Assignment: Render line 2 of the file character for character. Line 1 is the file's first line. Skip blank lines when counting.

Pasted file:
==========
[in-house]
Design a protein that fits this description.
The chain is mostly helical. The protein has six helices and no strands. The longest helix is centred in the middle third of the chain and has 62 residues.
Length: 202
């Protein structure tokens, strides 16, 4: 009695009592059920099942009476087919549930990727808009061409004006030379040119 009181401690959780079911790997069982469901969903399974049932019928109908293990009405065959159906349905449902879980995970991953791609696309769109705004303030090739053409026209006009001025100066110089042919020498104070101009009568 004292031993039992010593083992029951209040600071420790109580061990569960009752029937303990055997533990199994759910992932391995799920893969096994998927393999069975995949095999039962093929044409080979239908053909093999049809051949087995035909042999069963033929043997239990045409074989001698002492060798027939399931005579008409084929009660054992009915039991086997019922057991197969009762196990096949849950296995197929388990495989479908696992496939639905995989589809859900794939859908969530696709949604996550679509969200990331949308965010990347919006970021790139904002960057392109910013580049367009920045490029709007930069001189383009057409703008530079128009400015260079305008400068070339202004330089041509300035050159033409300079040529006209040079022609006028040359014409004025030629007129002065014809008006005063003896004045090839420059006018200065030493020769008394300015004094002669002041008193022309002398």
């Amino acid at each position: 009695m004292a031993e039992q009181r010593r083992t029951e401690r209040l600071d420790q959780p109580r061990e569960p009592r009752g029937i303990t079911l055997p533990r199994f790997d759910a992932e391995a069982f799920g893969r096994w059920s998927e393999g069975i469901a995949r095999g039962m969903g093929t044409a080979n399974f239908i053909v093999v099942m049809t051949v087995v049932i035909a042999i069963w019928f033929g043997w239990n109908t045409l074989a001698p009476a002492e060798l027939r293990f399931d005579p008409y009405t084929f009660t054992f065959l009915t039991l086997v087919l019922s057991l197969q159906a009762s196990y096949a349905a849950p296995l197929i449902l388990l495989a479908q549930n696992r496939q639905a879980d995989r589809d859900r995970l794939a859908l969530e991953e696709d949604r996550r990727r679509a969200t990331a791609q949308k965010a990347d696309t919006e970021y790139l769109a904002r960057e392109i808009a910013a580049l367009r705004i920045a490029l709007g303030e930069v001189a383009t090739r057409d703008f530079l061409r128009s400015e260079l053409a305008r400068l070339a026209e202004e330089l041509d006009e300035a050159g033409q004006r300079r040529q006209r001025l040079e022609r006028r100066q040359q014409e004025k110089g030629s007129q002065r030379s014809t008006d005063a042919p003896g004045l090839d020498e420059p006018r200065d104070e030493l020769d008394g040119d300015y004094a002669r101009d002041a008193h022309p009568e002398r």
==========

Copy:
Design a protein that fits this description.